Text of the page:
Kilian asserts that he received daily phone calls from Mercedes-Benz Financial collections employees. Bieler (Mercedes-Benz Financial's agent) stated in his deposition "I don't know for sure if it's daily. I really couldn't answer that." The precise extent of Mercedes-Benz Financial's early enforcement efforts is not discernible from the record. It is, however, undisputed that Kilian received at least two documents attempting to enforce the lease after Mercedes-Benz Financial (1) had been explicitly informed by Attorney Megna that Kilian had received a refund under the Lemon Law and (2) had assured Kilian that its collection efforts would cease.
 Nothing in the record indicates that either Mercedes-Benz USA or Mercedes-Benz Financial intentionally violated the Lemon Law.
 Pecuniary loss incorporates "a
reasonable allowance for use" before being doubled. Tammi, 320
 "This action may
be reviewed by the court on motion of the party aggrieved made and served
within 10 days after taxation."
Costs allowed by the court are taxed by the clerk of the court of appeals, irrespective of the filing by a party of a petition for review in the supreme court. In the event of review by the supreme court, costs are taxed by the clerk of the supreme court . . . . The clerk of the supreme court shall include in the remittitur the costs allowed in the court. The clerk of circuit court shall enter the judgment for costs in accordance with s. 806.16.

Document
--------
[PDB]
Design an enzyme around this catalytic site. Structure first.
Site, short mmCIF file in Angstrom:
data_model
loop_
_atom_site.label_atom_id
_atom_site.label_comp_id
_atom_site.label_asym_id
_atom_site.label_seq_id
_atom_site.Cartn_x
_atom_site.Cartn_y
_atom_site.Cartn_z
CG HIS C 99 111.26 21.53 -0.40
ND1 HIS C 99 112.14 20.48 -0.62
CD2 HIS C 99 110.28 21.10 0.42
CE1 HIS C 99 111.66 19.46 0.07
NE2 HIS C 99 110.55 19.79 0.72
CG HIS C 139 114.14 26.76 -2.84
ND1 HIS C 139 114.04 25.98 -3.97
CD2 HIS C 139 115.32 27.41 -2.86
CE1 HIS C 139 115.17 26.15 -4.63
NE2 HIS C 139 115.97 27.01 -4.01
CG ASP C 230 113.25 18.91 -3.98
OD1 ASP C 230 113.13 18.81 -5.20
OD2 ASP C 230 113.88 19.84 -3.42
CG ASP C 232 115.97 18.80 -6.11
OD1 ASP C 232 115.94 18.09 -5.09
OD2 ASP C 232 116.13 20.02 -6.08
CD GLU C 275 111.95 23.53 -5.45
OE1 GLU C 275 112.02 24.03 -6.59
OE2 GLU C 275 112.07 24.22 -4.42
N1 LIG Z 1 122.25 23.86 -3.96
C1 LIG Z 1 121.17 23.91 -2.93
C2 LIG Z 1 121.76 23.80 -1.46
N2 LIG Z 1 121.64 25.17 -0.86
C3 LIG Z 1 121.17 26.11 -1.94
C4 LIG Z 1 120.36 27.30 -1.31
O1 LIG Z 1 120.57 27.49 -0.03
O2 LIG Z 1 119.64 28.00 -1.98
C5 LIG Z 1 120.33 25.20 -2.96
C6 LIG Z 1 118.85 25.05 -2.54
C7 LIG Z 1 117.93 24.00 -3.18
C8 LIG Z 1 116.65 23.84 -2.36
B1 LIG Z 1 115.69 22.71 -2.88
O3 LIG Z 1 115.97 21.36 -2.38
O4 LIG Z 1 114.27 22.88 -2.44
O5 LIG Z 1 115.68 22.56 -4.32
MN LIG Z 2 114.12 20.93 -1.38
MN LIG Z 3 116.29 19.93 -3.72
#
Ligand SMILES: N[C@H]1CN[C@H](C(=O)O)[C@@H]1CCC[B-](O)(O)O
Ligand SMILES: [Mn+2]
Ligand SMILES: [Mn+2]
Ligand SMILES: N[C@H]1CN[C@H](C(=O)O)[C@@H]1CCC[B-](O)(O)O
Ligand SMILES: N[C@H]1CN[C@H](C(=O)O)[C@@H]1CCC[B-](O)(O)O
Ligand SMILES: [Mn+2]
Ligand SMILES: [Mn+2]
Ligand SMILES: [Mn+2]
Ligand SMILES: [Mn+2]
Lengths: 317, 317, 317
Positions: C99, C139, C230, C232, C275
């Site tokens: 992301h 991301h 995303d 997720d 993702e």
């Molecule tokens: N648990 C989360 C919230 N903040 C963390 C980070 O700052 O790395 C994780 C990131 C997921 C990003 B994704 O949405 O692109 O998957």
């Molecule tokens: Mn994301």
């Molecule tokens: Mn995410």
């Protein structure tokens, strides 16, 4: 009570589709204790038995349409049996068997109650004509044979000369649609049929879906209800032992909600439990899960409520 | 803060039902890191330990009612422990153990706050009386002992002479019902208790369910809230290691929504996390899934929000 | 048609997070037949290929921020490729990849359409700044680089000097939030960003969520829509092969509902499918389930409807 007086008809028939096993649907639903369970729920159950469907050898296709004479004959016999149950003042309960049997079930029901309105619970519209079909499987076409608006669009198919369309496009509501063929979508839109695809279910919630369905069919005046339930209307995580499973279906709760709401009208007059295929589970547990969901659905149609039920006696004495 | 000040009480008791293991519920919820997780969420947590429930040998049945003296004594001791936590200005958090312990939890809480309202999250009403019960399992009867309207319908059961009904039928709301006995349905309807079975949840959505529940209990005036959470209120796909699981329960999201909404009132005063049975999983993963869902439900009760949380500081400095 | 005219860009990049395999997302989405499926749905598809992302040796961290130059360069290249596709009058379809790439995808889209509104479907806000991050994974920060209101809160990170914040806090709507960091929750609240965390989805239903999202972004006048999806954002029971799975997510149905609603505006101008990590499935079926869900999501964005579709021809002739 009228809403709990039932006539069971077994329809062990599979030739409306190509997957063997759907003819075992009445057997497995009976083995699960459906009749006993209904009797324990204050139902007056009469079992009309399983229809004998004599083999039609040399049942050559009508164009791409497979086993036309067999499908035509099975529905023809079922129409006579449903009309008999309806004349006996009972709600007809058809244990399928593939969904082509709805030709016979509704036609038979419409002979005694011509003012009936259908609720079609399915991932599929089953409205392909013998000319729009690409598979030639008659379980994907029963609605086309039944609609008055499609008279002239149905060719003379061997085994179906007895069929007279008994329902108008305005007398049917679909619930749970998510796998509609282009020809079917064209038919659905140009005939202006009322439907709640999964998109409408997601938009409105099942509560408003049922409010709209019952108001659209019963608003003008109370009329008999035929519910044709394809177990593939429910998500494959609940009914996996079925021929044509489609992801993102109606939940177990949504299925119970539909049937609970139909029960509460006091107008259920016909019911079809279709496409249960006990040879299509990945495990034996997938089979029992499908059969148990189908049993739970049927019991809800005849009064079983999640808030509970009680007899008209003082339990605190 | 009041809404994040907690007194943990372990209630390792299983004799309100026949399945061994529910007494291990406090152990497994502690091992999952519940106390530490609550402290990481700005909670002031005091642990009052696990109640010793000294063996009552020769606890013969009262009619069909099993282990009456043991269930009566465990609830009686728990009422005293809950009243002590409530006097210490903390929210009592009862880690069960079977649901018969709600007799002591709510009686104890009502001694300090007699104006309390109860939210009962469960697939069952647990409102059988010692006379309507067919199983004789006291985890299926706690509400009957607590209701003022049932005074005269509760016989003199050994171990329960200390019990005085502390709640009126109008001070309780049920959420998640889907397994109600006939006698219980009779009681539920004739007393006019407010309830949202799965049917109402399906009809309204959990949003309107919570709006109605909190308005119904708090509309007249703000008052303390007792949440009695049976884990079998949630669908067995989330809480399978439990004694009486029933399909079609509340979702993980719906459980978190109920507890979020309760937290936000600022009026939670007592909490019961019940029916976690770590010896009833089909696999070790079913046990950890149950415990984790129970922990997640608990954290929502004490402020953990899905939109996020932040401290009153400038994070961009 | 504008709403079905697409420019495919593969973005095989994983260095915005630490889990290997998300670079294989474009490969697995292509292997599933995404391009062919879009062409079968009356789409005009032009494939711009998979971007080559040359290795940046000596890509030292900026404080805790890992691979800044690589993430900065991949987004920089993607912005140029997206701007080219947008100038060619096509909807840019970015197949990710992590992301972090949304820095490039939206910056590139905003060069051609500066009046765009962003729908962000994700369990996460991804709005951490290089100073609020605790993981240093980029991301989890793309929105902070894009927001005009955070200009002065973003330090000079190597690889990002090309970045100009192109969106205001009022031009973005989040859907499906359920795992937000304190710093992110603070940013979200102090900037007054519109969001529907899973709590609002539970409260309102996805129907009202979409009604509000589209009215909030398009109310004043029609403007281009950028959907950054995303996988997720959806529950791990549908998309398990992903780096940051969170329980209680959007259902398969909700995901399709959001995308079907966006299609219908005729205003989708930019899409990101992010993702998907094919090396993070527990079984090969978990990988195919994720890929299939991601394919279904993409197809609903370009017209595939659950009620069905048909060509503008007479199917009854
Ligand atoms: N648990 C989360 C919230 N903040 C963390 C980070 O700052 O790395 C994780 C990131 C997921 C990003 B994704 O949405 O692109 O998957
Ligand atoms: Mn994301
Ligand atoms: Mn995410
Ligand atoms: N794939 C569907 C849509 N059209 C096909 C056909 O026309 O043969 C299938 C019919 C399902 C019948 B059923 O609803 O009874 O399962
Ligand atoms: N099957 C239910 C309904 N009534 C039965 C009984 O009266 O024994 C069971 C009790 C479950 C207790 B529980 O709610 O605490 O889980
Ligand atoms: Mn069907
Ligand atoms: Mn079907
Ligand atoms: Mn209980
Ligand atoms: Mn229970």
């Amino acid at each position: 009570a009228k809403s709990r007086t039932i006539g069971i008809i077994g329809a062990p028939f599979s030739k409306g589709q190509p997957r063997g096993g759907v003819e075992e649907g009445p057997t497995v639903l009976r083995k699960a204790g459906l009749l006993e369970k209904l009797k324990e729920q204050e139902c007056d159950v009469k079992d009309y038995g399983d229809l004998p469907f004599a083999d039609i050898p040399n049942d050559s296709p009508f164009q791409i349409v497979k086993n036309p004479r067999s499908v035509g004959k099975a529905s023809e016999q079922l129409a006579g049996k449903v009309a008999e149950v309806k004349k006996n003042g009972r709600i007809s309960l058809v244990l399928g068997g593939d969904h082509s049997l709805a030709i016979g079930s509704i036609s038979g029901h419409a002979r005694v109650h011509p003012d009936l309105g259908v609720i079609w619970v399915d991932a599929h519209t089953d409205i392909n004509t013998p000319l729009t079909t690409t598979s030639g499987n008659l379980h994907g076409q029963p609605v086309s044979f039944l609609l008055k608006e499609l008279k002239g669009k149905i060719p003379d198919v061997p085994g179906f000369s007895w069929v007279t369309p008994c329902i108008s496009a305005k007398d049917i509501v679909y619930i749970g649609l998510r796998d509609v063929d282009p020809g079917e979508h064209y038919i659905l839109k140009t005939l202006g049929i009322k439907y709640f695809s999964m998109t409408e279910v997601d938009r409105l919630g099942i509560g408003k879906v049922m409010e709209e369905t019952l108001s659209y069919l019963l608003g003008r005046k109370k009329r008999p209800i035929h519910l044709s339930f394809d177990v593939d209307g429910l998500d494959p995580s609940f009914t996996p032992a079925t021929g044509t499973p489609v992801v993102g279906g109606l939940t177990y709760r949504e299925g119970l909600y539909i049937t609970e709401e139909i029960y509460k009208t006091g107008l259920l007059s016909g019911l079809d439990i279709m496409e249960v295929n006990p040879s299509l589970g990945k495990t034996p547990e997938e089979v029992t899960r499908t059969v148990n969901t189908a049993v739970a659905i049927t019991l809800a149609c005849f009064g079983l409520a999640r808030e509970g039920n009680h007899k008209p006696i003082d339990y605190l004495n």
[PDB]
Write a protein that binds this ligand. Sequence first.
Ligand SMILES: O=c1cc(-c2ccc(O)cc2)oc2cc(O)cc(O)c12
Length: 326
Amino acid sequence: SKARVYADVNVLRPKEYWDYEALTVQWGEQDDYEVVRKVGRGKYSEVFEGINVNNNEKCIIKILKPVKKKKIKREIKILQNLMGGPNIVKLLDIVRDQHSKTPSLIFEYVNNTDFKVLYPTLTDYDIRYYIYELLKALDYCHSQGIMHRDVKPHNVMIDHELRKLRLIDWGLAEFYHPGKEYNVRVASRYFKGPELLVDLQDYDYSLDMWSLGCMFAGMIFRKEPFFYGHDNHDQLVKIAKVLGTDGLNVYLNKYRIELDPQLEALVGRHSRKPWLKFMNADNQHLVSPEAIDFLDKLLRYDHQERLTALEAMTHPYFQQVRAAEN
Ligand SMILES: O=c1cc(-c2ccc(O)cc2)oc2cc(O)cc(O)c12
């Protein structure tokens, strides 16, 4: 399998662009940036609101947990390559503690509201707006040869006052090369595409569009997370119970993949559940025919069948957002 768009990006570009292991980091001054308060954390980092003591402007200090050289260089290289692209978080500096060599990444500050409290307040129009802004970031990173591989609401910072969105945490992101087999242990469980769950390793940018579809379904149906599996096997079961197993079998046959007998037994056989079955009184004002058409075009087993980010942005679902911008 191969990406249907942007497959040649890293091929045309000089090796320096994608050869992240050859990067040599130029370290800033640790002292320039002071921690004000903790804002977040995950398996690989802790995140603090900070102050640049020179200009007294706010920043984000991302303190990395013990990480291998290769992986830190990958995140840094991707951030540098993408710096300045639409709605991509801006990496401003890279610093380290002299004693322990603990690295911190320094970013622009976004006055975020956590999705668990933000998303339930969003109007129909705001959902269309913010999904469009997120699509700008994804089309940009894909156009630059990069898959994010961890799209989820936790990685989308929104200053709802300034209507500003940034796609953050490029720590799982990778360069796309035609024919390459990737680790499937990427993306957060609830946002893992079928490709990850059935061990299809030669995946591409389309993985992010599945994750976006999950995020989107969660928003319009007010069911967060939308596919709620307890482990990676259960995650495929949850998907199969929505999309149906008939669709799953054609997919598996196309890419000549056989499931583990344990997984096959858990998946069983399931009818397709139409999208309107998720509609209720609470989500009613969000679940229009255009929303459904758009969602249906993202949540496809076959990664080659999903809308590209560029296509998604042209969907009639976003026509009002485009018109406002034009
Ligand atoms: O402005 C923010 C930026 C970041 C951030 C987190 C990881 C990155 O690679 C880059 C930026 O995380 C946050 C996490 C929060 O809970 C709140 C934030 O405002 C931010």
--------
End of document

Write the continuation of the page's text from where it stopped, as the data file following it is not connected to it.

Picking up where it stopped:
A "fee-shifting
statute" is a statute that provides for an award of attorney fees for a
prevailing plaintiff. See 11
Wisc. Prac., Trial Handbook for
 These "reasonable
expenses" exclude costs and disbursements already allowed to Kilian under
§ 814.04 so that Kilian receives no double recovery for overlapping items. Chmill v. Friendly Ford-Mercury of
Janesville, Inc., 154
 This includes
"attorney fees for appellate work essential to the consumer's
success." Chmill, 144
 All subsequent references to the Wisconsin Statutes are to the 2009-10 version unless otherwise indicated.
 A referral to the legislature's law review committee of the Legislative Council may be of assistance in this matter.
 Majority op., ¶35 n.14.
 Not surprisingly, the standard Lemon Law notice form provided by the Department of Transportation already asks the consumer to provide the manufacturer with this information and to authorize the manufacturer to contact the financing institution. See Motor Vehicle Lemon Law Notice, available at http://www.dot.wisconsin.gov/safety/consumer/rights/lemonlaw.htm (scroll down to "What should a lemon owner do?" and click on "Motor Vehicle Lemon Law Notice" pdf link). However, the statutes do not so require.